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Industry Nine, which has been running carbon rims on their own premium level mountain bike wheels is no stranger to partnering with Reynolds. Their first carbon rim wheels were using Reynold’s XC rims, and I9’s current carbon MTB rims are made for them in Reynold’s U.S. factory.

Now, the relationship is going the other way, too, as Reynolds announces that all of their BLACKLABEL mountain bike wheels will be built using Industry Nine’s U.S. made hubs. That’s a big departure from the DT Swiss 240s used when the BLACKLABEL series debuted in early 2014. The new I9 hubs are a custom design just for Reynolds with a Centerlock rotor mount, but will use the Asheville, NC, brand’s well known Torch 6-pawl internals.

The original XC, TR and AM wheels all carried a $2,400 price tag. With the new “Reynolds Straight Pull Hubs by I9”, the price changes to $2,500, but there’s much more to them than just new hubs…

 

 

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The I9 internals provide 3° of rotation for ultra quick engagement. Those parts, the shell, and everything else to do with the hubs is made in Asheville.

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The wheels will ship with QR endcaps and 15mm front/12×142 rear end caps, plus a CenterLock to 6-bolt adapter.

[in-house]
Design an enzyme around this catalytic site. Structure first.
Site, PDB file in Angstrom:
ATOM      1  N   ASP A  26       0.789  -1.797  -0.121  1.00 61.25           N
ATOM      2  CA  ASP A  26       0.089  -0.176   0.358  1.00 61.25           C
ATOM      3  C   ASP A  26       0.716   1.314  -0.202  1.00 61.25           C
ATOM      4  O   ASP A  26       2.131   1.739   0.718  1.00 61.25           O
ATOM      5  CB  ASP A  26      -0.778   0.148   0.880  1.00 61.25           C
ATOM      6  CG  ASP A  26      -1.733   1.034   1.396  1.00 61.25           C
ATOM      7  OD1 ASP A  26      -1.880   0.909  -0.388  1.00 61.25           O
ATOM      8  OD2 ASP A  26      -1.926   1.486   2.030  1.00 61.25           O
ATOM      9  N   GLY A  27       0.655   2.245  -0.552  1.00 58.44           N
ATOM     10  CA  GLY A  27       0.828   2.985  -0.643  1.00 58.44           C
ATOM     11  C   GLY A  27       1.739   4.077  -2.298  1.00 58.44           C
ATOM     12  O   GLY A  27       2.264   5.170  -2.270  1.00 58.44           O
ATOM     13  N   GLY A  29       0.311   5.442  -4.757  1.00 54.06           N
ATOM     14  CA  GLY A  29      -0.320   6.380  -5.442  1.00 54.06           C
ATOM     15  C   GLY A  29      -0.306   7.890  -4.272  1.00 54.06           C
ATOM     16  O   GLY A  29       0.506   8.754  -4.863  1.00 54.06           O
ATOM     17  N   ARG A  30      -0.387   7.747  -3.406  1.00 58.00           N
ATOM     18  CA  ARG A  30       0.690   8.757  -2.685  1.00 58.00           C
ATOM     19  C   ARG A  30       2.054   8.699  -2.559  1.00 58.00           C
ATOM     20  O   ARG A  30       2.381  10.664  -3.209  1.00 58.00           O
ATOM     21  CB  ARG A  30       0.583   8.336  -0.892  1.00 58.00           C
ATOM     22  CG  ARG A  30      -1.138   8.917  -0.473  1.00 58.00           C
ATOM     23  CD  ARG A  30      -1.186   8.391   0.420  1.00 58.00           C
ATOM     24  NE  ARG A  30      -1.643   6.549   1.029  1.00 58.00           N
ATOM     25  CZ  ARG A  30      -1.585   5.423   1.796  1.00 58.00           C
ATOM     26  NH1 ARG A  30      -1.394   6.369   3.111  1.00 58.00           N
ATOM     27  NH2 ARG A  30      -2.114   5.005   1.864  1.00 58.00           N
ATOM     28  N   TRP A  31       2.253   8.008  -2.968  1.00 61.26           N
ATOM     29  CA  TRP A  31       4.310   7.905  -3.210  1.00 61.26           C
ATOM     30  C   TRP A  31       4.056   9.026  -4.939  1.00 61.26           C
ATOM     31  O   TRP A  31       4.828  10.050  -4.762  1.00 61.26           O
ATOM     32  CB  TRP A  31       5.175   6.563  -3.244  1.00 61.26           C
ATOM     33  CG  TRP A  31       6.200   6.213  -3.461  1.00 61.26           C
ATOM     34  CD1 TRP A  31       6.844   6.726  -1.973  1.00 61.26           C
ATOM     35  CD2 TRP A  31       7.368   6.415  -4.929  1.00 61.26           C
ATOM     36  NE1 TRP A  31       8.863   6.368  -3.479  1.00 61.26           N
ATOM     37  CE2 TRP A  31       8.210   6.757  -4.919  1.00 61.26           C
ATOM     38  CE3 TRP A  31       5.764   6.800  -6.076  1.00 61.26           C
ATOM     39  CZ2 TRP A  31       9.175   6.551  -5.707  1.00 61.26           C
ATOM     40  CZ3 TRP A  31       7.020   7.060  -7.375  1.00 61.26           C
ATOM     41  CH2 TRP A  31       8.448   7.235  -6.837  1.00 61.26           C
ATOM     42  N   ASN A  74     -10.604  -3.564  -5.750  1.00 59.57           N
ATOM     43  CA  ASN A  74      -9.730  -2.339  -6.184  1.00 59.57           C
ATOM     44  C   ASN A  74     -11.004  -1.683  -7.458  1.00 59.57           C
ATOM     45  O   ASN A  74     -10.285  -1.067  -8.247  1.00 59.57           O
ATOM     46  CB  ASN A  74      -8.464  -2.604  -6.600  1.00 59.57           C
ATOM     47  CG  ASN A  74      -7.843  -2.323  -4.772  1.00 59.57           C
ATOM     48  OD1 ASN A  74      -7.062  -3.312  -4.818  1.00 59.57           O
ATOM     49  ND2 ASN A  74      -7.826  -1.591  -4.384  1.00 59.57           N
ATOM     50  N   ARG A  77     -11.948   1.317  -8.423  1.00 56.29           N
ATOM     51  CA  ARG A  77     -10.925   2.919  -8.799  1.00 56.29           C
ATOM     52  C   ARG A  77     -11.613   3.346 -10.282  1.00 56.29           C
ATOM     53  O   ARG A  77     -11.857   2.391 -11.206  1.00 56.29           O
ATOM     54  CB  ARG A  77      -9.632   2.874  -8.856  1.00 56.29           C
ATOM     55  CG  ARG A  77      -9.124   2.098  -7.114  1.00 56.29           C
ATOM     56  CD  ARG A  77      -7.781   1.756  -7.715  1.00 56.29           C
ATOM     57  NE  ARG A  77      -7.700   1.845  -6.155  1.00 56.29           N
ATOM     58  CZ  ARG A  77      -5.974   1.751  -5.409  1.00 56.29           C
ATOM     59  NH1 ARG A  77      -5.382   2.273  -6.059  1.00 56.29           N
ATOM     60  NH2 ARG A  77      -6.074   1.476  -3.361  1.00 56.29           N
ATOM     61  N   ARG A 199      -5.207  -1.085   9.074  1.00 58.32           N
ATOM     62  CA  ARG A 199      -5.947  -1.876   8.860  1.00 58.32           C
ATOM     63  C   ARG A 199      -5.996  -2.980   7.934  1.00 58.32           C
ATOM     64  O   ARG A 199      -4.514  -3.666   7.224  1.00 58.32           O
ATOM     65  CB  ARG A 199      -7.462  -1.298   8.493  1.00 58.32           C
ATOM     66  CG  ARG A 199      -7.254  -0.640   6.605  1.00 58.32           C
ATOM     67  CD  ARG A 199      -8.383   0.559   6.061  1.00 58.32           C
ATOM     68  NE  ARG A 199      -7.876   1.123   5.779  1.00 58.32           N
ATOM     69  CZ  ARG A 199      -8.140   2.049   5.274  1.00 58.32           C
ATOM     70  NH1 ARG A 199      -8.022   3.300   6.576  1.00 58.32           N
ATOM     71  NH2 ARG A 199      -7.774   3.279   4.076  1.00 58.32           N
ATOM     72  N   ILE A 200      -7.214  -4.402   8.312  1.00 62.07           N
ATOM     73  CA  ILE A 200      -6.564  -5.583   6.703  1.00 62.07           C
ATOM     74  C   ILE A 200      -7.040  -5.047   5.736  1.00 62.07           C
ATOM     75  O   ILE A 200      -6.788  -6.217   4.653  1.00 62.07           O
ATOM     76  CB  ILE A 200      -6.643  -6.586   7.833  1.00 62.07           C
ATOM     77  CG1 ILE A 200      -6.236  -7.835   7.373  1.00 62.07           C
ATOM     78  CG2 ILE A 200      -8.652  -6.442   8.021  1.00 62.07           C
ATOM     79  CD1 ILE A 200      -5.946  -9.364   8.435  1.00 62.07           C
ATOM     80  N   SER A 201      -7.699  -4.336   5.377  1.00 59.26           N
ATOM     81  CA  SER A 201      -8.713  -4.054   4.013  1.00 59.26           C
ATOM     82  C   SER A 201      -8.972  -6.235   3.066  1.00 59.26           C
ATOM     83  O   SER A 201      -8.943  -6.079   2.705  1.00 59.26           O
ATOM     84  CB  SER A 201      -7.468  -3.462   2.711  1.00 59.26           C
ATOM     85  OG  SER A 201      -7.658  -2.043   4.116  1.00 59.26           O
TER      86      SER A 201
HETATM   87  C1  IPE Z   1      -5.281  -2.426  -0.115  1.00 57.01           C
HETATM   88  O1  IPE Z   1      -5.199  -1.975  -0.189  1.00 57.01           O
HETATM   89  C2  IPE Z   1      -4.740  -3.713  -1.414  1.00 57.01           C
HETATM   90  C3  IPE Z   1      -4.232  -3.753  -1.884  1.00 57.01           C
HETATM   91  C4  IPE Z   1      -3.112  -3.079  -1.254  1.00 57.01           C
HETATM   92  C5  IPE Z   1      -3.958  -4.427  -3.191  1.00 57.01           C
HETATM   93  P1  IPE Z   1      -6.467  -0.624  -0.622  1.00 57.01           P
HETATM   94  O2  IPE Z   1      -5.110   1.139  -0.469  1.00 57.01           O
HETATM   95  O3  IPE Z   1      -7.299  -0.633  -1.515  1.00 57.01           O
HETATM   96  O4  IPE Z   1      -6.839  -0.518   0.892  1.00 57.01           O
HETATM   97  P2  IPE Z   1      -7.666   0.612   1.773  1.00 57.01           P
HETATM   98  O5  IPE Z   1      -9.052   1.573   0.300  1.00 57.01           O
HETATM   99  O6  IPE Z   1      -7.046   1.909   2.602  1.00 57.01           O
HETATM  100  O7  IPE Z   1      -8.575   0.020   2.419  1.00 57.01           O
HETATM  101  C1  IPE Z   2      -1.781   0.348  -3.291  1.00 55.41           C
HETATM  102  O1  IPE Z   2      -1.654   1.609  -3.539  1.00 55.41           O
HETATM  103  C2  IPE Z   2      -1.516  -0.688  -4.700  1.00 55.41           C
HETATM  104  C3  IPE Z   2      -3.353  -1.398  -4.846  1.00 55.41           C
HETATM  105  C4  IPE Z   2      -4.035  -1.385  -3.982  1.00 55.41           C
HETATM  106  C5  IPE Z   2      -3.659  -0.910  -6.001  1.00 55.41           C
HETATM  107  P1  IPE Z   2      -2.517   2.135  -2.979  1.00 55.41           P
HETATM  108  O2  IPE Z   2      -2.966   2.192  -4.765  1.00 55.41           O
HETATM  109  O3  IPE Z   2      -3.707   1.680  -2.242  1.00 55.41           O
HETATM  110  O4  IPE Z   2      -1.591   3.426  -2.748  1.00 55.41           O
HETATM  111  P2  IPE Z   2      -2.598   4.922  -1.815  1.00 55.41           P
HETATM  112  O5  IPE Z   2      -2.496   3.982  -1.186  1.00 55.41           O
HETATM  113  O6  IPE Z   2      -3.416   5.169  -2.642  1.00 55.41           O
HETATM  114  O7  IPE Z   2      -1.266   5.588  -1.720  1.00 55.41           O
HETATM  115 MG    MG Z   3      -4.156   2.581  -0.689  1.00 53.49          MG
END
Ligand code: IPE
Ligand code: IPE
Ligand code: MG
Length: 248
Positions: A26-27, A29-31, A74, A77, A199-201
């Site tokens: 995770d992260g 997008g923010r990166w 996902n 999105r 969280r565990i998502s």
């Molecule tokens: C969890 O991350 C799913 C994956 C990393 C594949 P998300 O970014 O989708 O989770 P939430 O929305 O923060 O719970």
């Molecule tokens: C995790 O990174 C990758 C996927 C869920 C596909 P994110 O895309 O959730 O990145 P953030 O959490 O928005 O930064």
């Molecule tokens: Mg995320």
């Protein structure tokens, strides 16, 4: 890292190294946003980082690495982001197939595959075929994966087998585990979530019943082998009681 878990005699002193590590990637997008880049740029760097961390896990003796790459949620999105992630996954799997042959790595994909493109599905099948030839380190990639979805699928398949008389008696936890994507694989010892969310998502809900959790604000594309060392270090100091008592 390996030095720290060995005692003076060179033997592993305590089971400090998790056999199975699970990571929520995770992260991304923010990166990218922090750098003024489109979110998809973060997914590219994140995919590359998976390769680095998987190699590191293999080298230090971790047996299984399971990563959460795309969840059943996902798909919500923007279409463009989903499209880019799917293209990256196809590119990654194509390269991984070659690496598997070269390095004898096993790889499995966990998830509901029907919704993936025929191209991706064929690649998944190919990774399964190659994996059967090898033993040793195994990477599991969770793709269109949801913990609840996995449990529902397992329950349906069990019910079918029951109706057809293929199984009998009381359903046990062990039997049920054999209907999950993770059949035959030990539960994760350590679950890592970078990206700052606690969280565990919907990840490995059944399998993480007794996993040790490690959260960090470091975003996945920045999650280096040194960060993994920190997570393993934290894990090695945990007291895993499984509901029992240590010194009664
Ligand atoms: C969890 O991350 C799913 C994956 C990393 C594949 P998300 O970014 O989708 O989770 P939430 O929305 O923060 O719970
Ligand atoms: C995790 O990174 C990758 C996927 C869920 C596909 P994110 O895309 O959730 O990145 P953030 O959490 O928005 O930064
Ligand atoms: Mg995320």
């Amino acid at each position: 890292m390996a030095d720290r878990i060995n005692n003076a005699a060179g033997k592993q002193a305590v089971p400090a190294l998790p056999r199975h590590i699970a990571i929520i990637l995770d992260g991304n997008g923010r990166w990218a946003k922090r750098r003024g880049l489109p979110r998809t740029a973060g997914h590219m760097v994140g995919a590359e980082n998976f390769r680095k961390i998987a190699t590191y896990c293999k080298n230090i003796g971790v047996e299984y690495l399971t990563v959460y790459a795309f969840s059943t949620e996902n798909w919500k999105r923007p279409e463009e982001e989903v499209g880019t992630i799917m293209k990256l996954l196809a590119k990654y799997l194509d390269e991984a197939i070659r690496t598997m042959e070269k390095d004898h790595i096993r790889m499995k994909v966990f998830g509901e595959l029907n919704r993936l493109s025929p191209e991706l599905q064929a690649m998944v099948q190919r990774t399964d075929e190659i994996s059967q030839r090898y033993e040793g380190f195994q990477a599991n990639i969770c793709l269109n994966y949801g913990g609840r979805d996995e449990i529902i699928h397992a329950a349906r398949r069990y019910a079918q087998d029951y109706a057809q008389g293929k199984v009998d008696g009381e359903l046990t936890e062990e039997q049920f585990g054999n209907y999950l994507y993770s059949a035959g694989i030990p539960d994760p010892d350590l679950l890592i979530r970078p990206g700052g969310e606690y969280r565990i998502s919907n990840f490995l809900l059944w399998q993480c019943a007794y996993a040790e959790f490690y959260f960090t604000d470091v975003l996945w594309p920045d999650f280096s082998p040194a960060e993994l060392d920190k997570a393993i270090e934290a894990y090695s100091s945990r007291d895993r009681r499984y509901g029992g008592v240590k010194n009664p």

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All but the 27.5+ rims are asymmetric, and all of them are now hookless. That’s done to reduce the chance of impact damage and ease tire installation. They’re manufactured to the ETRTO standard, which they say will also improve tire compatibility across the board. The asymmetry keeps spoke tension more even for a stronger wheel. They use bladed spokes, which they say provides better wheel compliance.

Models, weights and specs are:

  • Trail 29er: 1,545g – 25mm internal width – 28/28 spokes
  • Trail 27.5: 1,525g – 25mm internal width – 28/28 spokes
  • Enduro 29er: 1,585g – 28mm internal width – 28/28 spokes
  • Enduro 27.5: 1,565g – 28mm internal width – 28/28 spokes
  • 27.5 Plus: 1,625g – 40mm internal width – 28/28 spokes

All wheels are $2,500 except the Plus wheelset, which is $2,600 (Euro pricing is €2,273 and €2,364, respectively). The 27.5+ wheel set will only come with Boost hub spacing for aftermaket. All wheels start shipping in December in limited numbers, more coming early next spring.

The wheels will all get bright colors out of the box, but you’ll be able to order sticker kits aftermarket to match it to your bike. Prices and colors are TBD, but there’ll be four for each wheelset.

They’re also developing an 80mm wide carbon rim for Borealis that’ll be shown in September and will be built with the new I9 hubs.

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Across both road and mountain, the Stratus Pro wheels are the only aftermarket alloy wheels that will stay in the line. There are no more alloy mountain bikes wheels, and the Stratus are on the high end of the scale. Why? They’re focused on the high end of the aftermarket only now.